Cultural influences on the relationship between self-concept, interest, task-focused behavior, and reading skills

Tomohiro Inoue*, George K. Georgiou, Hisao Maekawa, Rauno Parrila

*Corresponding author for this work

Research output: Contribution to journalArticlepeer-review

1 Citation (Scopus)
4 Downloads (Pure)

Abstract

We examined the relations between reading self-concept, reading interest, task-focused behavior, and reading skills, and whether culture moderates their relations in a longitudinal study across Western (Canadian) and East Asian (Japanese) cultural contexts. Three hundred six children were assessed on reading self-concept and reading interest at the beginning of Grade 2, and on reading skills at the beginning and end of Grade 2. Teachers rated the children’s task-focused behavior at the beginning of Grade 2. Results showed that whereas task-focused behavior was uniquely associated with reading skills in both samples, the association between reading self-concept and reading skills was stronger in the Canadian sample than in the Japanese sample. Moreover, reading self-concept had an indirect effect on later reading skills via the effects of task-focused behavior and reading skills only in the Canadian sample. These findings suggest that while it is likely that there is a positive association between motivation and reading skills, the developmental dynamics between them may not be the same across the two cultures.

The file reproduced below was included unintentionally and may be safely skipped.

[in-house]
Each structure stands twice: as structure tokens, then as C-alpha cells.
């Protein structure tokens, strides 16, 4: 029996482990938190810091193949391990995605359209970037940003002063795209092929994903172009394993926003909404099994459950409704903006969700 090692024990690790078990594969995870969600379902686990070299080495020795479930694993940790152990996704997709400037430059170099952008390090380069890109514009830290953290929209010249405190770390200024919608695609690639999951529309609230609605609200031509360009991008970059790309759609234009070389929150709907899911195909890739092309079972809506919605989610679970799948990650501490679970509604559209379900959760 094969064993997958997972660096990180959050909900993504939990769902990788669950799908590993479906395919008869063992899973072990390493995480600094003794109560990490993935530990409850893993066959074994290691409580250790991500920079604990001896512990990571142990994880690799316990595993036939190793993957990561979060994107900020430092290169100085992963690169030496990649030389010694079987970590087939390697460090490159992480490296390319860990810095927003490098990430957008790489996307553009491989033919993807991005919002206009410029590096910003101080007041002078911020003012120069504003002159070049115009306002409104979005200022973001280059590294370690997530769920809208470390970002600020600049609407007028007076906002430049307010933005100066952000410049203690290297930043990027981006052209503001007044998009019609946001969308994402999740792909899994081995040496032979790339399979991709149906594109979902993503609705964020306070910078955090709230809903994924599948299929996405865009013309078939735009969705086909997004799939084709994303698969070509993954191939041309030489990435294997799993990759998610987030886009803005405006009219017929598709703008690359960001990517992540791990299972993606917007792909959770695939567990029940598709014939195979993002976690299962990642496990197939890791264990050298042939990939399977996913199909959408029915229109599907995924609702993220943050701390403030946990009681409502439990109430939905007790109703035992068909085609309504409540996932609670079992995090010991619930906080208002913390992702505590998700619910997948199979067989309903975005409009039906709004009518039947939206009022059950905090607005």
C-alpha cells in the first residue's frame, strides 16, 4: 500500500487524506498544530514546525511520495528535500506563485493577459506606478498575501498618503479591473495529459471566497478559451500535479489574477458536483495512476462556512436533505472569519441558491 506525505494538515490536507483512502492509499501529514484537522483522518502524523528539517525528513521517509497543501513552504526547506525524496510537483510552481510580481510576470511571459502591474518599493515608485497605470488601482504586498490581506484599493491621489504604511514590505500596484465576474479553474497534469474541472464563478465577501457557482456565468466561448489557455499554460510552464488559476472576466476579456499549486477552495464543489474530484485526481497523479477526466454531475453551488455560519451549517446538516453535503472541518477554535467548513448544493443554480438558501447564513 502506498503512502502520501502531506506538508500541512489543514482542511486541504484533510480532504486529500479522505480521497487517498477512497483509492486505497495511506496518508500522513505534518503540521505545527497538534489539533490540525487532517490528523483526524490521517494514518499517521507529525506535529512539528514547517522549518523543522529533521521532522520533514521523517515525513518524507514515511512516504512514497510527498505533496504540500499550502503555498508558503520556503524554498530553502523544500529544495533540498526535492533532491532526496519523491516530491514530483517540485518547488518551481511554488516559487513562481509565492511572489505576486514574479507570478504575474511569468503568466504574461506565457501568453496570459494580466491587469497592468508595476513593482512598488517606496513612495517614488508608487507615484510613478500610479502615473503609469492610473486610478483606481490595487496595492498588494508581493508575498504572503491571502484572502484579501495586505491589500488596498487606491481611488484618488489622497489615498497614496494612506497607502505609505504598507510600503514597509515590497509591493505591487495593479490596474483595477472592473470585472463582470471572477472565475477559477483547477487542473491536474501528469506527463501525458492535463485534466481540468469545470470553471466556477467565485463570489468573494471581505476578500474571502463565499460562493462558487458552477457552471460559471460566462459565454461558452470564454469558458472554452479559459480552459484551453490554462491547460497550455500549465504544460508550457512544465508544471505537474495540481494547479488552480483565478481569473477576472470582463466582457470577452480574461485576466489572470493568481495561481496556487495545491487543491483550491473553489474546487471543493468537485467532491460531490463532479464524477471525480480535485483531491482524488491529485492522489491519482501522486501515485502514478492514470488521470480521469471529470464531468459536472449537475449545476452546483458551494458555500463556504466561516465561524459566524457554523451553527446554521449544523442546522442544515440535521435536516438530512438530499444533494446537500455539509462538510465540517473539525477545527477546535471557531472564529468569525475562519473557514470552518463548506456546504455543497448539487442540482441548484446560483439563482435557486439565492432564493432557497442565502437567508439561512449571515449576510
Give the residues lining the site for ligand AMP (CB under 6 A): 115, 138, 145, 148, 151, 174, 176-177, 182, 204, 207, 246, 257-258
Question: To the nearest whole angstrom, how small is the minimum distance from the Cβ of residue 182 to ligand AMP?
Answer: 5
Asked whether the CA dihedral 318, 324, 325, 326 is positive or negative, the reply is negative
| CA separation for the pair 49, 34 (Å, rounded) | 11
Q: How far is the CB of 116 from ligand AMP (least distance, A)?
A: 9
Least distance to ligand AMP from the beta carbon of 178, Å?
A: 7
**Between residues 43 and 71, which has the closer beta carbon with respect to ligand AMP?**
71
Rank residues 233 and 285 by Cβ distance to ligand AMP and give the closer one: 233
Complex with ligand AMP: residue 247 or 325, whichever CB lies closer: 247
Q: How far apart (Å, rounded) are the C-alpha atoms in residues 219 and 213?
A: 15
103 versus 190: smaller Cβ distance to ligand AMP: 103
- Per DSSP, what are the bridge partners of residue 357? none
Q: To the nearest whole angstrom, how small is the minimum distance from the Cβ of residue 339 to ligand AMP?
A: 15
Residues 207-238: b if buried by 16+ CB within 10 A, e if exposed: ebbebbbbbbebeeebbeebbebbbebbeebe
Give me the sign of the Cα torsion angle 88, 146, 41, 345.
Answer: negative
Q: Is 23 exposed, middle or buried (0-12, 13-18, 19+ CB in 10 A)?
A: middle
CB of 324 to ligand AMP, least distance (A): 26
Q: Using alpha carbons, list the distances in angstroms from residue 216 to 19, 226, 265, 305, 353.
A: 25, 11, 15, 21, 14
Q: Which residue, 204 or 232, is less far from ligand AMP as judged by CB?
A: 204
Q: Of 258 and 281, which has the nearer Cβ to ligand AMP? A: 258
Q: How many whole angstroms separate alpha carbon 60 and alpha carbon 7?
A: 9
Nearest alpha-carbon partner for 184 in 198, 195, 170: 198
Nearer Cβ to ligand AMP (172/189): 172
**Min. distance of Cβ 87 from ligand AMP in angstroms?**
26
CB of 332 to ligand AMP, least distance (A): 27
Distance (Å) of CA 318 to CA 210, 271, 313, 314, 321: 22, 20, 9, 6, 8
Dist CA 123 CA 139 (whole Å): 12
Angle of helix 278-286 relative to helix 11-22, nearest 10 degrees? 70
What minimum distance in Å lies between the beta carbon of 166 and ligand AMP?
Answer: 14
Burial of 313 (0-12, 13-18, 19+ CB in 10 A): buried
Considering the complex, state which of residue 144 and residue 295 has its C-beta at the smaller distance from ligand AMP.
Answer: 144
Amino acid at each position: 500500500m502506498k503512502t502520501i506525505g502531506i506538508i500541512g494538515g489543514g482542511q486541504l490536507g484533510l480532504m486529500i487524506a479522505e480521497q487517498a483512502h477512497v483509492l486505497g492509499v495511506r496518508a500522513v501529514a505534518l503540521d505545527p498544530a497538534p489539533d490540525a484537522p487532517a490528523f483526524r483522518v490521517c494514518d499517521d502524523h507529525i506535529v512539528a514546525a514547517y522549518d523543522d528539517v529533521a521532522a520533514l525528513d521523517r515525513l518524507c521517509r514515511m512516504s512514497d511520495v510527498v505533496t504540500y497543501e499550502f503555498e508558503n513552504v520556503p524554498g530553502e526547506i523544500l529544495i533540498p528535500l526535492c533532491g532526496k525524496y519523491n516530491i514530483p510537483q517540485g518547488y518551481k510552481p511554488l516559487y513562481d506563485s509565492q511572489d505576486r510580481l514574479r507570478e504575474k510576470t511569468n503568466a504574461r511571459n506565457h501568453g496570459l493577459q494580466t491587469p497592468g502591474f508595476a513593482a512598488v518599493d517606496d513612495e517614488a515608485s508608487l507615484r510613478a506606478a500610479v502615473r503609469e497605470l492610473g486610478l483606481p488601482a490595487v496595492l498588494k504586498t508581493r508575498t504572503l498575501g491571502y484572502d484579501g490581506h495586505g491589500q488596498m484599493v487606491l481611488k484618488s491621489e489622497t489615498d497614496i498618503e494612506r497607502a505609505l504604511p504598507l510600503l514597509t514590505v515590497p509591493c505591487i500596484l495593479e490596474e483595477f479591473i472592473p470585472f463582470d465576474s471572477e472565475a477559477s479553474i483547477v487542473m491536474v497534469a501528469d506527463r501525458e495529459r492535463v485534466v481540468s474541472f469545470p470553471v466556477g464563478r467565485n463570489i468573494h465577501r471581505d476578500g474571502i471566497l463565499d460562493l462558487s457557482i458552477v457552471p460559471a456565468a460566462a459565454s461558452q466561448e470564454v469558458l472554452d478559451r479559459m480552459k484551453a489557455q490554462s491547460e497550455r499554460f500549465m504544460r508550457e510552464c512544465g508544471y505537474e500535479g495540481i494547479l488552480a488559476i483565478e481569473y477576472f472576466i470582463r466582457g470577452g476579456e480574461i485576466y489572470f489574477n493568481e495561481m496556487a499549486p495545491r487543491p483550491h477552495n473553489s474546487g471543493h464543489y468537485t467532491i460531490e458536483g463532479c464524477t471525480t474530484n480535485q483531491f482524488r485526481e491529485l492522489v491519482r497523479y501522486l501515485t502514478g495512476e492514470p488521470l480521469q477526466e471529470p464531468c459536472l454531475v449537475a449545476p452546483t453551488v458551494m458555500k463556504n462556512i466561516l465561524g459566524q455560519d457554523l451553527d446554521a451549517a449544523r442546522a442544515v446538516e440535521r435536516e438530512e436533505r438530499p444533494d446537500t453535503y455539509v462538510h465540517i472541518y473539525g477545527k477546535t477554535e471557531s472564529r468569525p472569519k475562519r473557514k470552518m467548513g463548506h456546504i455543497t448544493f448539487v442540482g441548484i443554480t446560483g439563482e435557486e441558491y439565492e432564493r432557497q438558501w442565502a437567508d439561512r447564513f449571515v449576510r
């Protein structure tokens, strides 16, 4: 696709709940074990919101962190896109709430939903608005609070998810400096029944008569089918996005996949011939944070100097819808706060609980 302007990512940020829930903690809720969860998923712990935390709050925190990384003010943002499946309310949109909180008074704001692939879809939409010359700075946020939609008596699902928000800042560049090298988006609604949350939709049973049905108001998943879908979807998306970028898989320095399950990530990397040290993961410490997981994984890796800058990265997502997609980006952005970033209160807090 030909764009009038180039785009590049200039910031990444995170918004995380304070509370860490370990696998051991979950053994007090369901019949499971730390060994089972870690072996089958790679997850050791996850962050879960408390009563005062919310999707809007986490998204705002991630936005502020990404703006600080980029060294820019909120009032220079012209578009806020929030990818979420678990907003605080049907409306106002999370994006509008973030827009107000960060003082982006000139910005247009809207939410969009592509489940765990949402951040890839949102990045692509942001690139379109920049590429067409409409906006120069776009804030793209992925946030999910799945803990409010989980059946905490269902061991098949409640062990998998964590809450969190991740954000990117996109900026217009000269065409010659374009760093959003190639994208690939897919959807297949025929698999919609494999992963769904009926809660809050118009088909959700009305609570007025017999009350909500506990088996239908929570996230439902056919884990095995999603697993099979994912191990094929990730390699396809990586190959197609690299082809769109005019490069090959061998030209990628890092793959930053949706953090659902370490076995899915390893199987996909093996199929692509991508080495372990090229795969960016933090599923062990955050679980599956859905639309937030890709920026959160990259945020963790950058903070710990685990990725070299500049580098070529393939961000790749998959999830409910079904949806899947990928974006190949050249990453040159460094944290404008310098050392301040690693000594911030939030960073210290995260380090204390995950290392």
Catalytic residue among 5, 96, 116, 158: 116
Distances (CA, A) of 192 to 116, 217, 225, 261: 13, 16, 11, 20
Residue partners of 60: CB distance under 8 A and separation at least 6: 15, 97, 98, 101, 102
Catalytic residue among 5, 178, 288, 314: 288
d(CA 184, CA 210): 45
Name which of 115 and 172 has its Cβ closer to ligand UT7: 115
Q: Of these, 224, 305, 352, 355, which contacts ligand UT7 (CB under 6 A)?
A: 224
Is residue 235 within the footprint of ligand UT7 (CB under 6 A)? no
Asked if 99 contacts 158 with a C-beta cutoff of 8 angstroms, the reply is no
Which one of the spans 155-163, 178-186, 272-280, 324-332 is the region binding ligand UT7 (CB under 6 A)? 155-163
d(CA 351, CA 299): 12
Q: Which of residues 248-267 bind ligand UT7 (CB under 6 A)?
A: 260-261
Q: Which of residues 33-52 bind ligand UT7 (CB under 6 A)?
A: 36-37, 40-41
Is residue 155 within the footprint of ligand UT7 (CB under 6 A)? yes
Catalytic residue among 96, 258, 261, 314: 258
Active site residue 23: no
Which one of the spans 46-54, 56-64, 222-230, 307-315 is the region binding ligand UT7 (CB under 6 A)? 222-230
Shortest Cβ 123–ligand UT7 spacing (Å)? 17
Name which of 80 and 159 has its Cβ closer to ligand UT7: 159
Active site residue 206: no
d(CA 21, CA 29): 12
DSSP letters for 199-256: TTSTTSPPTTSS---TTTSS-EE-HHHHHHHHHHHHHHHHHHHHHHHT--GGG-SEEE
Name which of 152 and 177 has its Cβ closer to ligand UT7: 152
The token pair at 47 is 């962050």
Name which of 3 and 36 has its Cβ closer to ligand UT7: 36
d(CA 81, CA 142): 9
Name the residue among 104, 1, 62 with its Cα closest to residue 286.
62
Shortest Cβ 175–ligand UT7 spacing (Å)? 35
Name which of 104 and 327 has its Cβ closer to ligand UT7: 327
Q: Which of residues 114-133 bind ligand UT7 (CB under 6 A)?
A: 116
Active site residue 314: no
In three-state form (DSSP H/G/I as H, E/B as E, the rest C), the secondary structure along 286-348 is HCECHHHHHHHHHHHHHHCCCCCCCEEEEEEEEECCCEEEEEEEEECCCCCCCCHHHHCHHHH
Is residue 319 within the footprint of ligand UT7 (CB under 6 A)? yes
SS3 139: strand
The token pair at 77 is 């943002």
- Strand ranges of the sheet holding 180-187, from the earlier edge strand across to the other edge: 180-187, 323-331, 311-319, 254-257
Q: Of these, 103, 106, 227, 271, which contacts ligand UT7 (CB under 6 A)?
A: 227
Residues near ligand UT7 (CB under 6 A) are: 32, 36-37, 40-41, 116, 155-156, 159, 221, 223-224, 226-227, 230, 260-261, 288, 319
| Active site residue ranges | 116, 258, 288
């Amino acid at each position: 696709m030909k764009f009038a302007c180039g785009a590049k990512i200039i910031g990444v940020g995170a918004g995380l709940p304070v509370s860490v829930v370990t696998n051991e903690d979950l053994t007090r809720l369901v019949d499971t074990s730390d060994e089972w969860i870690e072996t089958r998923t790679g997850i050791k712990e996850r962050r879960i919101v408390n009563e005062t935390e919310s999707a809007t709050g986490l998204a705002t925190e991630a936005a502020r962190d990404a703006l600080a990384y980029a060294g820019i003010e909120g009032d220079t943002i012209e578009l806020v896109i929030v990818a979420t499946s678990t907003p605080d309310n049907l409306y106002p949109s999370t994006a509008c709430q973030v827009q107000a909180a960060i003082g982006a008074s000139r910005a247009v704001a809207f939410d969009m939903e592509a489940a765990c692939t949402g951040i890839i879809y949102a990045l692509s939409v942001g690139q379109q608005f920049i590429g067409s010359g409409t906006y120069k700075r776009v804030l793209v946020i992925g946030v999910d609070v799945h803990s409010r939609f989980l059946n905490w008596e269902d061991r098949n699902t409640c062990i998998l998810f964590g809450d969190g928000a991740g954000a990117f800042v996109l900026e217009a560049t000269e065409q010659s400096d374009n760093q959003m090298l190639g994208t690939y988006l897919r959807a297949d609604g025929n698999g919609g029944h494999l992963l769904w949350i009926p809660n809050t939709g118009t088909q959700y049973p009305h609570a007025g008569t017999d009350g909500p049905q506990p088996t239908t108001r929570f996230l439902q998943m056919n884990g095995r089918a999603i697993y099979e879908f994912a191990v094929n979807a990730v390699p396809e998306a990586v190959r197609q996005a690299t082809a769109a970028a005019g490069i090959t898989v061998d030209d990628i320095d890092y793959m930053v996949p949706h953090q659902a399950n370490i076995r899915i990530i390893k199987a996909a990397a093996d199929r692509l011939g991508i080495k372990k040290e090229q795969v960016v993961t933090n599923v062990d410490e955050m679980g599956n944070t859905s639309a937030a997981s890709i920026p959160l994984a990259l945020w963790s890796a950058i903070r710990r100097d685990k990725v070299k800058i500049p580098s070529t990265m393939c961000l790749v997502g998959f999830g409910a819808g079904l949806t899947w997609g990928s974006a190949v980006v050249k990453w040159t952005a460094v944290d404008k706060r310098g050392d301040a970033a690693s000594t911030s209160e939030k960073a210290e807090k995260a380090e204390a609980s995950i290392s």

Original languageEnglish
Pages (from-to)311–323
Number of pages13
JournalJournal of Cultural Cognitive Science
Volume5
Issue number2
Early online date2 Jan 2021
DOIs
Publication statusPublished - Aug 2021

Keywords

  • cross-cultural
  • interest
  • motivation
  • reading
  • self-concept
  • task-focused behavior

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